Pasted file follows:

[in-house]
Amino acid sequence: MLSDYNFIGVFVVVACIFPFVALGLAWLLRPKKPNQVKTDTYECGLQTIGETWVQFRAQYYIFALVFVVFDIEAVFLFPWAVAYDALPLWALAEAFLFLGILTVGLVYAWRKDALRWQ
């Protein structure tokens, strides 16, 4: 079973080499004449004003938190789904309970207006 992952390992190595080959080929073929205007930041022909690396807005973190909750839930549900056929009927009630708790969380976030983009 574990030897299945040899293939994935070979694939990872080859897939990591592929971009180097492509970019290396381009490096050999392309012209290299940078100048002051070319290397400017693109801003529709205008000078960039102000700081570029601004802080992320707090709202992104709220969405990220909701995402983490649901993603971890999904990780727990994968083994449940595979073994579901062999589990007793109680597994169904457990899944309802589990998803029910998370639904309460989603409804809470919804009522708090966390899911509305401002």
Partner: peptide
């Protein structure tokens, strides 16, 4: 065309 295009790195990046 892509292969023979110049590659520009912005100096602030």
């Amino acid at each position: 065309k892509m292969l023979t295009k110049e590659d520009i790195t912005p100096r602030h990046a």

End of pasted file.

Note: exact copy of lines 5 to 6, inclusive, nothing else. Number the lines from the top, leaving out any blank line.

């Protein structure tokens, strides 16, 4: 065309 295009790195990046 892509292969023979110049590659520009912005100096602030």
């Amino acid at each position: 065309k892509m292969l023979t295009k110049e590659d520009i790195t912005p100096r602030h990046a």